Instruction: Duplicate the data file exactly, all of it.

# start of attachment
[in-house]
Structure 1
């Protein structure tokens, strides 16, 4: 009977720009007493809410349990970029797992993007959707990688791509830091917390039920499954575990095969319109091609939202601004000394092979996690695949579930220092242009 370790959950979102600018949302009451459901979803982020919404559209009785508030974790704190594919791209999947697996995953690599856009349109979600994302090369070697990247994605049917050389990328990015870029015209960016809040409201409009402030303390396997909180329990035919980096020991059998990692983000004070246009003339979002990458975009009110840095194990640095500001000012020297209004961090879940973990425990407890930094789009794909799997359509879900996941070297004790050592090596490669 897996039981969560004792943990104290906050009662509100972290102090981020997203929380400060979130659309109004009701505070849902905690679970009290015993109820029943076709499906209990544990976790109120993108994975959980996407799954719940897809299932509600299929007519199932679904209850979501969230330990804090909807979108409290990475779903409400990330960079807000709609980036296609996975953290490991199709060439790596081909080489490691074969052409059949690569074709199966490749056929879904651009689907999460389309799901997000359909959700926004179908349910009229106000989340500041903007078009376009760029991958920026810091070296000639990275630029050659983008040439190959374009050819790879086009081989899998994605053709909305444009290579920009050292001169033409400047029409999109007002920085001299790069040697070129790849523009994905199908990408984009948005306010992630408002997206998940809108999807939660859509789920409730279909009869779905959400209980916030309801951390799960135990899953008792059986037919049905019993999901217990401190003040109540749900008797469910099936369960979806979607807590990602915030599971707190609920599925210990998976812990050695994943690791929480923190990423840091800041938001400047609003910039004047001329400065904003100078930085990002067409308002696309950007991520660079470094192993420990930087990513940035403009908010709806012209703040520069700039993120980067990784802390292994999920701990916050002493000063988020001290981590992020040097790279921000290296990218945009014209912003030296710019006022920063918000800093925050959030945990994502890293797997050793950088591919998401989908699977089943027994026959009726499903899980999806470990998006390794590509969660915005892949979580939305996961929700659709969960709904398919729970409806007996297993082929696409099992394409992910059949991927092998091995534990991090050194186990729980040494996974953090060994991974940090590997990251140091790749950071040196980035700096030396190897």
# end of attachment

[in-house]
Structure 1
């Protein structure tokens, strides 16, 4: 009977720009007493809410349990970029797992993007959707990688791509830091917390039920499954575990095969319109091609939202601004000394092979996690695949579930220092242009 370790959950979102600018949302009451459901979803982020919404559209009785508030974790704190594919791209999947697996995953690599856009349109979600994302090369070697990247994605049917050389990328990015870029015209960016809040409201409009402030303390396997909180329990035919980096020991059998990692983000004070246009003339979002990458975009009110840095194990640095500001000012020297209004961090879940973990425990407890930094789009794909799997359509879900996941070297004790050592090596490669 897996039981969560004792943990104290906050009662509100972290102090981020997203929380400060979130659309109004009701505070849902905690679970009290015993109820029943076709499906209990544990976790109120993108994975959980996407799954719940897809299932509600299929007519199932679904209850979501969230330990804090909807979108409290990475779903409400990330960079807000709609980036296609996975953290490991199709060439790596081909080489490691074969052409059949690569074709199966490749056929879904651009689907999460389309799901997000359909959700926004179908349910009229106000989340500041903007078009376009760029991958920026810091070296000639990275630029050659983008040439190959374009050819790879086009081989899998994605053709909305444009290579920009050292001169033409400047029409999109007002920085001299790069040697070129790849523009994905199908990408984009948005306010992630408002997206998940809108999807939660859509789920409730279909009869779905959400209980916030309801951390799960135990899953008792059986037919049905019993999901217990401190003040109540749900008797469910099936369960979806979607807590990602915030599971707190609920599925210990998976812990050695994943690791929480923190990423840091800041938001400047609003910039004047001329400065904003100078930085990002067409308002696309950007991520660079470094192993420990930087990513940035403009908010709806012209703040520069700039993120980067990784802390292994999920701990916050002493000063988020001290981590992020040097790279921000290296990218945009014209912003030296710019006022920063918000800093925050959030945990994502890293797997050793950088591919998401989908699977089943027994026959009726499903899980999806470990998006390794590509969660915005892949979580939305996961929700659709969960709904398919729970409806007996297993082929696409099992394409992910059949991927092998091995534990991090050194186990729980040494996974953090060994991974940090590997990251140091790749950071040196980035700096030396190897």